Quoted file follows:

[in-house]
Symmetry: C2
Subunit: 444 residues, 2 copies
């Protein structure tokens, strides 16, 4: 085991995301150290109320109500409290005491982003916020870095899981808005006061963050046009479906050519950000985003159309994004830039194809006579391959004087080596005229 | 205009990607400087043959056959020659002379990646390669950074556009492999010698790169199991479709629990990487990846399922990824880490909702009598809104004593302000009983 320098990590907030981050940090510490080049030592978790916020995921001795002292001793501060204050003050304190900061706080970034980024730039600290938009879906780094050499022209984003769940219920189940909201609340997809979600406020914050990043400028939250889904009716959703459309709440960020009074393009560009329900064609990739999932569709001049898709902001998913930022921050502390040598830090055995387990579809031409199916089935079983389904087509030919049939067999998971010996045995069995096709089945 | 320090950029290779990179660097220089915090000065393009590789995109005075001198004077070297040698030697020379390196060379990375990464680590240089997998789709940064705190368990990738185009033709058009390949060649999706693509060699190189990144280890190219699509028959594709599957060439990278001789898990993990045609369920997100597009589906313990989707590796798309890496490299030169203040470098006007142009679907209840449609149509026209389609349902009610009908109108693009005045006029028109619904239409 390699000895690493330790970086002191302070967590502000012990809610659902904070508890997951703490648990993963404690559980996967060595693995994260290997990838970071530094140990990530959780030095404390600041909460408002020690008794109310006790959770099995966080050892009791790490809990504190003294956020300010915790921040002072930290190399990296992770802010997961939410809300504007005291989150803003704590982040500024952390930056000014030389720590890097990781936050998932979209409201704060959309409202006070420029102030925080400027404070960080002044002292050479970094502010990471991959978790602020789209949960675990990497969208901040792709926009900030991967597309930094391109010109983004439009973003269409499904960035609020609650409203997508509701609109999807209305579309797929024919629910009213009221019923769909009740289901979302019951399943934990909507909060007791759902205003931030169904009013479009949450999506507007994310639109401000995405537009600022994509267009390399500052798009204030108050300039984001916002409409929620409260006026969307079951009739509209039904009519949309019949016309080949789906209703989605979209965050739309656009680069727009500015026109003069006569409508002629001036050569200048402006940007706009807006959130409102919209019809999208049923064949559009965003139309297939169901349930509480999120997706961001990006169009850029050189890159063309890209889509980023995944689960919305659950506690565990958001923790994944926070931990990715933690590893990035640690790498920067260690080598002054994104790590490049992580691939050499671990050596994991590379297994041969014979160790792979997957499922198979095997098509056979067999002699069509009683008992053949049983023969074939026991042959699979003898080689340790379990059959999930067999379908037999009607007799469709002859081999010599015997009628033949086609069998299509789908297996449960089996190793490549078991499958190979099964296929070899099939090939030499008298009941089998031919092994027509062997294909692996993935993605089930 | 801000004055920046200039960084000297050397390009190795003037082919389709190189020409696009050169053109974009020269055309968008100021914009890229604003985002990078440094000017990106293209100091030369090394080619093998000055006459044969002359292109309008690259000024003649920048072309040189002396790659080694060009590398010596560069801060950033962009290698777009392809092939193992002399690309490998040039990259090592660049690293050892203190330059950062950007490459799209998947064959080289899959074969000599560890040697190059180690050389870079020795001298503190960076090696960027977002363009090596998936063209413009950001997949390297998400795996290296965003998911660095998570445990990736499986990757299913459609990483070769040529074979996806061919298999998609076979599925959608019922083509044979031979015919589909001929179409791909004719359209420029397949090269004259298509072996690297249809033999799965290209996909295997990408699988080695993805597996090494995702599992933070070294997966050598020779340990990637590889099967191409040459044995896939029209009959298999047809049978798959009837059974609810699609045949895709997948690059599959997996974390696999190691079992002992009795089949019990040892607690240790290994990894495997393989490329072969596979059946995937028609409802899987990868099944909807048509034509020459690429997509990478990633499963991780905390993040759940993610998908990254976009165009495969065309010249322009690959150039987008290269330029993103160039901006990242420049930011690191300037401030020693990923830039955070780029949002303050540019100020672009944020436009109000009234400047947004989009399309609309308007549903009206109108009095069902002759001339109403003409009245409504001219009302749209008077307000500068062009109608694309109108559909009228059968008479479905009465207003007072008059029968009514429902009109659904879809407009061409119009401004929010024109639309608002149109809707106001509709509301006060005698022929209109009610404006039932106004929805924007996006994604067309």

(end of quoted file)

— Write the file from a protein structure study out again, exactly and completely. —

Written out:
[in-house]
Symmetry: C2
Subunit: 444 residues, 2 copies
């Protein structure tokens, strides 16, 4: 085991995301150290109320109500409290005491982003916020870095899981808005006061963050046009479906050519950000985003159309994004830039194809006579391959004087080596005229 | 205009990607400087043959056959020659002379990646390669950074556009492999010698790169199991479709629990990487990846399922990824880490909702009598809104004593302000009983 320098990590907030981050940090510490080049030592978790916020995921001795002292001793501060204050003050304190900061706080970034980024730039600290938009879906780094050499022209984003769940219920189940909201609340997809979600406020914050990043400028939250889904009716959703459309709440960020009074393009560009329900064609990739999932569709001049898709902001998913930022921050502390040598830090055995387990579809031409199916089935079983389904087509030919049939067999998971010996045995069995096709089945 | 320090950029290779990179660097220089915090000065393009590789995109005075001198004077070297040698030697020379390196060379990375990464680590240089997998789709940064705190368990990738185009033709058009390949060649999706693509060699190189990144280890190219699509028959594709599957060439990278001789898990993990045609369920997100597009589906313990989707590796798309890496490299030169203040470098006007142009679907209840449609149509026209389609349902009610009908109108693009005045006029028109619904239409 390699000895690493330790970086002191302070967590502000012990809610659902904070508890997951703490648990993963404690559980996967060595693995994260290997990838970071530094140990990530959780030095404390600041909460408002020690008794109310006790959770099995966080050892009791790490809990504190003294956020300010915790921040002072930290190399990296992770802010997961939410809300504007005291989150803003704590982040500024952390930056000014030389720590890097990781936050998932979209409201704060959309409202006070420029102030925080400027404070960080002044002292050479970094502010990471991959978790602020789209949960675990990497969208901040792709926009900030991967597309930094391109010109983004439009973003269409499904960035609020609650409203997508509701609109999807209305579309797929024919629910009213009221019923769909009740289901979302019951399943934990909507909060007791759902205003931030169904009013479009949450999506507007994310639109401000995405537009600022994509267009390399500052798009204030108050300039984001916002409409929620409260006026969307079951009739509209039904009519949309019949016309080949789906209703989605979209965050739309656009680069727009500015026109003069006569409508002629001036050569200048402006940007706009807006959130409102919209019809999208049923064949559009965003139309297939169901349930509480999120997706961001990006169009850029050189890159063309890209889509980023995944689960919305659950506690565990958001923790994944926070931990990715933690590893990035640690790498920067260690080598002054994104790590490049992580691939050499671990050596994991590379297994041969014979160790792979997957499922198979095997098509056979067999002699069509009683008992053949049983023969074939026991042959699979003898080689340790379990059959999930067999379908037999009607007799469709002859081999010599015997009628033949086609069998299509789908297996449960089996190793490549078991499958190979099964296929070899099939090939030499008298009941089998031919092994027509062997294909692996993935993605089930 | 801000004055920046200039960084000297050397390009190795003037082919389709190189020409696009050169053109974009020269055309968008100021914009890229604003985002990078440094000017990106293209100091030369090394080619093998000055006459044969002359292109309008690259000024003649920048072309040189002396790659080694060009590398010596560069801060950033962009290698777009392809092939193992002399690309490998040039990259090592660049690293050892203190330059950062950007490459799209998947064959080289899959074969000599560890040697190059180690050389870079020795001298503190960076090696960027977002363009090596998936063209413009950001997949390297998400795996290296965003998911660095998570445990990736499986990757299913459609990483070769040529074979996806061919298999998609076979599925959608019922083509044979031979015919589909001929179409791909004719359209420029397949090269004259298509072996690297249809033999799965290209996909295997990408699988080695993805597996090494995702599992933070070294997966050598020779340990990637590889099967191409040459044995896939029209009959298999047809049978798959009837059974609810699609045949895709997948690059599959997996974390696999190691079992002992009795089949019990040892607690240790290994990894495997393989490329072969596979059946995937028609409802899987990868099944909807048509034509020459690429997509990478990633499963991780905390993040759940993610998908990254976009165009495969065309010249322009690959150039987008290269330029993103160039901006990242420049930011690191300037401030020693990923830039955070780029949002303050540019100020672009944020436009109000009234400047947004989009399309609309308007549903009206109108009095069902002759001339109403003409009245409504001219009302749209008077307000500068062009109608694309109108559909009228059968008479479905009465207003007072008059029968009514429902009109659904879809407009061409119009401004929010024109639309608002149109809707106001509709509301006060005698022929209109009610404006039932106004929805924007996006994604067309």